Craft 2.0

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Craft is more than how we make things; it’s a thriving language in a borderless world of creative communication.  Read on how a new craft revolution came to be.

The Industrial Revolution, beginning in Europe in the latter half of the 1700s and spreading quickly to the United States, changed manufacturing forever. Machines replaced hand production, advancements in science and technology led to new uses for natural resources, and the wide availability of goods made economies boom. However, economic growth and scientific advancement came at a great cost as the boom cities and their citizens were thrown out of balance by rapid change.

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Taylor Stitch | Featured in Issue 01 of the Mohawk Maker Quarterly

Out of the Industrial Revolution, the Arts and Crafts movement was born. Founded on the ideals of dignity through work and the value of aesthetics, it called for fulfilling employment for all, and signified the return of artistry over speed, beauty over accessibility. Without abandoning the advances of the Industrial Revolution, the Arts and Crafts movement restored balance. Tradesmen turned back to craft; consumers became discerning supporters of art and design. The leaders of the movement and their followers believed that every object could—and should—be of high quality and bring joy to the beholder. Through quality and beauty, they believed, people could lead more enriching lives.

Now, over a century and a half later, in the midst of the Digital Revolution, we are entering a new era of heritage craftsmanship. Though we aren’t faced with the industrial struggles of our 18th and 19th century ancestors, our age presents its own set of challenges: An overload of information. A sense of impermanence. A tendency towards isolation. We are, at once, more connected to the world than we have ever been, and yet more removed from it.

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Leslie Williamson | Featured in Issue 01 of the Mohawk Maker Quarterly

William Morris, champion of the Arts and Crafts movement, advocated for meaningful and beautiful objects. He is famous for saying that art should be “for the people and by the people, and a source of pleasure to the maker and the user.” Once again, we understand the importance of pleasure and pride in craft. With so many hours of our days spent tuned into a digital existence, engaged in information and ideas, communicating by text message or email, the physical object takes on enhanced meaning. Sometimes we just want the feel of paper between our fingers; we want to turn a page.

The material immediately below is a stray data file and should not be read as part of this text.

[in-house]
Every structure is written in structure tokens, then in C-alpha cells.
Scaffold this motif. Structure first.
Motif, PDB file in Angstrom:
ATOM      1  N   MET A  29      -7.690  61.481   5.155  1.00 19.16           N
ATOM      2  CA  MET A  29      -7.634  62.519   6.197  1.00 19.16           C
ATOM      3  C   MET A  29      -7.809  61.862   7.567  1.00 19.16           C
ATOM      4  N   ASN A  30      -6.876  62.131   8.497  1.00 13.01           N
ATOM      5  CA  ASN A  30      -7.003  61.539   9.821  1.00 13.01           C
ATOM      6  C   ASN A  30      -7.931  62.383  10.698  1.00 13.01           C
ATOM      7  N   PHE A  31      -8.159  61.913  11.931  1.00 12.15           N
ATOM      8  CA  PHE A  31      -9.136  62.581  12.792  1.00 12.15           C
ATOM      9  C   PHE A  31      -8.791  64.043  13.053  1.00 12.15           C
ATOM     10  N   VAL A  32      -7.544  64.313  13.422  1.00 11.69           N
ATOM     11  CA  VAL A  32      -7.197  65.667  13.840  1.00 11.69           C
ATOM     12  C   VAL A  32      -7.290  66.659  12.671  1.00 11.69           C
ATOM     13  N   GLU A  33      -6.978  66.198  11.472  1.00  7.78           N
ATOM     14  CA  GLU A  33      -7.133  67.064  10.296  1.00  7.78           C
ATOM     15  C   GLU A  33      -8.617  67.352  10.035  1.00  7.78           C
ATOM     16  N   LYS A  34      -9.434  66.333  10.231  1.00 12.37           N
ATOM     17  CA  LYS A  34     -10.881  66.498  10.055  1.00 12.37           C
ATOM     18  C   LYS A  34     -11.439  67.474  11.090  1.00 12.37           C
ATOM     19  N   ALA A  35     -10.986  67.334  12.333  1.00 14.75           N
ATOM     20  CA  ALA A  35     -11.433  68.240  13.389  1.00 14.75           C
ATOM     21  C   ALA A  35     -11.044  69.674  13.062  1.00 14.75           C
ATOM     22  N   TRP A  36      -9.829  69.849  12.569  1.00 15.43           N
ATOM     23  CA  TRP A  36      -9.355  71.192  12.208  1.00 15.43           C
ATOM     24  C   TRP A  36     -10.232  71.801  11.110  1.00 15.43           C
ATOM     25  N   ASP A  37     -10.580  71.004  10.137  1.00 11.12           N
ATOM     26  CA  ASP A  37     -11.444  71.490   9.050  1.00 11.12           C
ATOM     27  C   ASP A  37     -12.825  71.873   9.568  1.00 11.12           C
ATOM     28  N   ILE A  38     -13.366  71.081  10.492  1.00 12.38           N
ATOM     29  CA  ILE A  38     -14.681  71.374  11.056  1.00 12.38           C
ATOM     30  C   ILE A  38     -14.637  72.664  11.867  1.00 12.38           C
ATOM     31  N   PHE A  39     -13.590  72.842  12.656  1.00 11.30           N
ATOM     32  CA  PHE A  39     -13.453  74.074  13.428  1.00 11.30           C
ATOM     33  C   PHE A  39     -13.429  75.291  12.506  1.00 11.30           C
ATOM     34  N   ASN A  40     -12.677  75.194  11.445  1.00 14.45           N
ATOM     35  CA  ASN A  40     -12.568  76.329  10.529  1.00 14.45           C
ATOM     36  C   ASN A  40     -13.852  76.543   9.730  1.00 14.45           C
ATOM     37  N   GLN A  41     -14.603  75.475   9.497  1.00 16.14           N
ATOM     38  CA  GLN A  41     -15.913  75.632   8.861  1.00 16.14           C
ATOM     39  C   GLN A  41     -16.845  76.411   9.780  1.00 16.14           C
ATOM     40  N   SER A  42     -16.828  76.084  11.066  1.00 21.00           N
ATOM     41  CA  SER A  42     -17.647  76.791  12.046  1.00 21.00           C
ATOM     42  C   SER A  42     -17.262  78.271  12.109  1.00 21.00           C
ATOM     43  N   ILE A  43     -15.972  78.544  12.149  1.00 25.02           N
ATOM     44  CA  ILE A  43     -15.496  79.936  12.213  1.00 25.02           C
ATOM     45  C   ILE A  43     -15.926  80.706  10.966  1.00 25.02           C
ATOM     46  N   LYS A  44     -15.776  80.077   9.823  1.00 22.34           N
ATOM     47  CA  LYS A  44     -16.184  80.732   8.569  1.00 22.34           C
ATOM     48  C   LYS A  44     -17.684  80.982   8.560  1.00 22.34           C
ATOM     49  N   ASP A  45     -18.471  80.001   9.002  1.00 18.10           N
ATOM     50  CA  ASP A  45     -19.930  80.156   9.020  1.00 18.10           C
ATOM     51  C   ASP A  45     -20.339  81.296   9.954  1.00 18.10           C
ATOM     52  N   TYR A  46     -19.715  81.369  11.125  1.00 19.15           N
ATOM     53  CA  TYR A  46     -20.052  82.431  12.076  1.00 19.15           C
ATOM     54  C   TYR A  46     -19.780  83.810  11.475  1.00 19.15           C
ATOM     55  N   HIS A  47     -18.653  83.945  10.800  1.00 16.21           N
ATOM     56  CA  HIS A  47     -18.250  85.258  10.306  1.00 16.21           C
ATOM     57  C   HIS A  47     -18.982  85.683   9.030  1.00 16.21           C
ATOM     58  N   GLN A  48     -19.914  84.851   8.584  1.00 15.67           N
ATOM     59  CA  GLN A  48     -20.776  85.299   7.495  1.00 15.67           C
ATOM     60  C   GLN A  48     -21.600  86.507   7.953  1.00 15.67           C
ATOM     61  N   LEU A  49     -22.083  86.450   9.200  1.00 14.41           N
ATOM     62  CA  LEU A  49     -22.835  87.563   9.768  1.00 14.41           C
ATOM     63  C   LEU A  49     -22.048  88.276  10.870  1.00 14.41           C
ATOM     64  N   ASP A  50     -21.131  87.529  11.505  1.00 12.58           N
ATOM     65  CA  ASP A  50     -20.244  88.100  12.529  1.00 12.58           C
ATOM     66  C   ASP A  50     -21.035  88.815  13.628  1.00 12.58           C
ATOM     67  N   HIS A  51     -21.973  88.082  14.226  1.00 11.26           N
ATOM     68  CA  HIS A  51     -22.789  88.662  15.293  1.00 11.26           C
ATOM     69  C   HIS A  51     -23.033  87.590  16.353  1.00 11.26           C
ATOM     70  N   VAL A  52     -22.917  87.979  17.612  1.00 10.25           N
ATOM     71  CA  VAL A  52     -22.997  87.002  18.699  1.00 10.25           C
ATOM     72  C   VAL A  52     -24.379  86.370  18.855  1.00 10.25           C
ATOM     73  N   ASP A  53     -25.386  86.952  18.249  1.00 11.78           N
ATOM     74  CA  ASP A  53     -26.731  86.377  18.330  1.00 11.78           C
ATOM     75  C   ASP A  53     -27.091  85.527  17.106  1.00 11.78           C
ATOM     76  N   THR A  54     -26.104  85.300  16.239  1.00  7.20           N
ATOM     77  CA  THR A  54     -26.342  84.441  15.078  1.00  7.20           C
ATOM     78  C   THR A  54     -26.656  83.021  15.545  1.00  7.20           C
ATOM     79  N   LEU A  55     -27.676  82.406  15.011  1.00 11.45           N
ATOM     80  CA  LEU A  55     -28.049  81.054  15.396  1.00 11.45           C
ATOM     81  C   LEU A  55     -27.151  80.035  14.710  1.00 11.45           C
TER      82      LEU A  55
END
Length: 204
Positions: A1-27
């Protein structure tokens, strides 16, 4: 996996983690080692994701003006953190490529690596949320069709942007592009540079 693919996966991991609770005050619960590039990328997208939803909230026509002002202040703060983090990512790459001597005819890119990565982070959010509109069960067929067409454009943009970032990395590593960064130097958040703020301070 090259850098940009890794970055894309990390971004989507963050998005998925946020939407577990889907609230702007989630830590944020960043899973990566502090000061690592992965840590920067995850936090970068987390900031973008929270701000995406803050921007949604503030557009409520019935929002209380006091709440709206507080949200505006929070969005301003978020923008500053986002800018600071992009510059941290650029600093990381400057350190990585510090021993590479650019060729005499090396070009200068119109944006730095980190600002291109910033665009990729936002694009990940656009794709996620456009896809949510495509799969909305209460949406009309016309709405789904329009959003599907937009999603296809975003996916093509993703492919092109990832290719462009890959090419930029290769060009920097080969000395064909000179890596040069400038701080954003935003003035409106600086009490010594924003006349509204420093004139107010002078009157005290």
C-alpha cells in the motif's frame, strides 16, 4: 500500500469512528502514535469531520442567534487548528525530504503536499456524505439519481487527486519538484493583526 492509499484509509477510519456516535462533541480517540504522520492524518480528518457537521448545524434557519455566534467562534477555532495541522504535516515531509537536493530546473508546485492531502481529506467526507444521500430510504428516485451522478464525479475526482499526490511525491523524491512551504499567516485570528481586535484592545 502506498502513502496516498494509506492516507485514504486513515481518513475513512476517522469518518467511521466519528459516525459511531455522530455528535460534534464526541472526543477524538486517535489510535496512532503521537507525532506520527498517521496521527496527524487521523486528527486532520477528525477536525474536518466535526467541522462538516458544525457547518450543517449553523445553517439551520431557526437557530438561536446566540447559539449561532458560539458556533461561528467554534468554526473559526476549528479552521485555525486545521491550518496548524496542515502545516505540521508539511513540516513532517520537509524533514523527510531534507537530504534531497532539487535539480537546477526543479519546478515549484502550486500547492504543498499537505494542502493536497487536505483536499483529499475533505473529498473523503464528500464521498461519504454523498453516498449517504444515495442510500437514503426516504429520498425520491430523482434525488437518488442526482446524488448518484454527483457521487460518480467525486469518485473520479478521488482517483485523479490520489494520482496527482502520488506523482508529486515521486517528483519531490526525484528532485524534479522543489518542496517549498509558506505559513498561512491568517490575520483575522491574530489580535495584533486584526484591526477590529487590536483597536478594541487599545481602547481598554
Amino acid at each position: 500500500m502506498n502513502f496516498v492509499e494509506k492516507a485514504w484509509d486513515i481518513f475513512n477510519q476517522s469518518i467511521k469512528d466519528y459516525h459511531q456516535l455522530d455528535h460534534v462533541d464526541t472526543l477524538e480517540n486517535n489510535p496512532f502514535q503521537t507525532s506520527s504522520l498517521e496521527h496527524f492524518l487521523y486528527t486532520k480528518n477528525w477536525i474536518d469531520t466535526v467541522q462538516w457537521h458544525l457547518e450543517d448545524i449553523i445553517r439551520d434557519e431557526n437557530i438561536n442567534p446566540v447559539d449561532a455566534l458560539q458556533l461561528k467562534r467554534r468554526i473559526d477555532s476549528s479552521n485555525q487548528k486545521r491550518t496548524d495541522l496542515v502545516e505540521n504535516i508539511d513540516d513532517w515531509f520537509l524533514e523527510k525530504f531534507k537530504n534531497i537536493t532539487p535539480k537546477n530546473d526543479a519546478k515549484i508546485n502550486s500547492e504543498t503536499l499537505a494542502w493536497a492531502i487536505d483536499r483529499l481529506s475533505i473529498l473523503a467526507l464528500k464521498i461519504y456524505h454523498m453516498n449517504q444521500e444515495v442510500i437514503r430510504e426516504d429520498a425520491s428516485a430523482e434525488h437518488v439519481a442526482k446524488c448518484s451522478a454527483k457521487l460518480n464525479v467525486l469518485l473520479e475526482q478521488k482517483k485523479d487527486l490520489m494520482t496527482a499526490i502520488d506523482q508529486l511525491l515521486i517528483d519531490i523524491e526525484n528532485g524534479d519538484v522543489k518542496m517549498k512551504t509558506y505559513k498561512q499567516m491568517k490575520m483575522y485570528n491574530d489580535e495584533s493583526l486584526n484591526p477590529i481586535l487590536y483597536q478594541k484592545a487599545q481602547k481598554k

As in the Arts and Crafts movement, we are moving away from the impersonal and toward the carefully crafted. We are rediscovering and reclaiming the physical. We want to eat small batch artisanal cheese, understanding that each bite is precious. We know that the variations in a piece of pottery tell us that we are holding something handmade, and that the spectacle of cut paper animation leaves us more charmed than computer generated images ever could.

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Taylor Stitch | Featured in Issue 01 of the Mohawk Maker Quarterly

Experienced artisans are finding a resurgence of customer interest in their products and their techniques. Young artists and entrepreneurs, born and raised in the digital age, are seeking out traditional methods of craftsmanship, reviving time-honored family traditions or collaborating with expert tradesmen to endow heritage quality to new designs.

But just as the participants in the Arts and Crafts movement never forgot the advancements made during the Industrial Revolution, we know that great things happen when the craft world and the digital world come together. Because we live in this exciting age of information, we have unprecedented access to craftspeople. We can follow  the creation of a handmade table on  Instagram, add a jar of lavender honey to our CSA box through a website, learn about the latest coffee roasting technique via Twitter—and then venture out into the world to try a cup for ourselves, knowing that the best things in life are not only understood, but experienced.

This article was written by Nina Lacour and originally published in Issue 01 of the Mohawk Maker Quarterly. The Mohawk Maker Quarterly is a vehicle to support a community of like-minded makers. Content focuses on stories of small manufacturers, artisans, printers, designers, and artists who are making their way in the midst of the digital revolution. Learn more about the quarterly here and sign up to receive future printed issues.

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